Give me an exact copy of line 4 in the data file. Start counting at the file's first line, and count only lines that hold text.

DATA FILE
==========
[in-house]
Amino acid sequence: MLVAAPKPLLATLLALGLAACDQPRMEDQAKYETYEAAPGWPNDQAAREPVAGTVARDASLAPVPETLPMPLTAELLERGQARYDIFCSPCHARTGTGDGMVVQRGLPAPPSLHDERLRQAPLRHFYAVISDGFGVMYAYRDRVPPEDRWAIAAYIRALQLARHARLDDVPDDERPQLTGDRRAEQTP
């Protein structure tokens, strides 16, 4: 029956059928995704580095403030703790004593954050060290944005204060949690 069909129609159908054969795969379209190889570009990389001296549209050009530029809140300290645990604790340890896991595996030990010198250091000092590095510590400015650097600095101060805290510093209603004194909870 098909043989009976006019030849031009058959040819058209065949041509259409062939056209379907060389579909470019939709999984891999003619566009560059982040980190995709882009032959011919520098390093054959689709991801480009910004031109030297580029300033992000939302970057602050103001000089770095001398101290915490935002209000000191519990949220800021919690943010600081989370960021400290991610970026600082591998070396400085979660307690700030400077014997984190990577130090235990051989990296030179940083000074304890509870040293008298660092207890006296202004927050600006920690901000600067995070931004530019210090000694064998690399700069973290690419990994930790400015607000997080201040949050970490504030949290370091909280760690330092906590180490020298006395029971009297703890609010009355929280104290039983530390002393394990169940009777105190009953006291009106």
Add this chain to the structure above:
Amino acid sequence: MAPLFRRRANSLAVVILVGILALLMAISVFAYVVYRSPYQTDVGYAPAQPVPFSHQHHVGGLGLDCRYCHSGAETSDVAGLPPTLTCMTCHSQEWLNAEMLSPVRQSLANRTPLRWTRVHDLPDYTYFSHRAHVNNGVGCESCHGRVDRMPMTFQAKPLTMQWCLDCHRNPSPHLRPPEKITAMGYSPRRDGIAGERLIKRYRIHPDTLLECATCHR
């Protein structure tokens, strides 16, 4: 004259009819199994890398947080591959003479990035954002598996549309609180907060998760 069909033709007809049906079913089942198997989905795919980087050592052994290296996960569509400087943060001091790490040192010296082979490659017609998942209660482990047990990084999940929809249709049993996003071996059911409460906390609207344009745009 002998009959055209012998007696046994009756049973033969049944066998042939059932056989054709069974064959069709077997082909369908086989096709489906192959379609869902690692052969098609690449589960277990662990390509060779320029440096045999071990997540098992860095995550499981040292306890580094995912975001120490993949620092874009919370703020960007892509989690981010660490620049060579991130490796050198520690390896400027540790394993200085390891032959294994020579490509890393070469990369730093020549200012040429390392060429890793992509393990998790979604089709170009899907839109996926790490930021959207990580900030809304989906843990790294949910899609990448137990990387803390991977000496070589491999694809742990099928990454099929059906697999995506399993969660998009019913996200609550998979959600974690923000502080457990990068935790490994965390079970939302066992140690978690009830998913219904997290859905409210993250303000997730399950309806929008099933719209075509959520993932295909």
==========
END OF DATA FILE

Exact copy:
Add this chain to the structure above: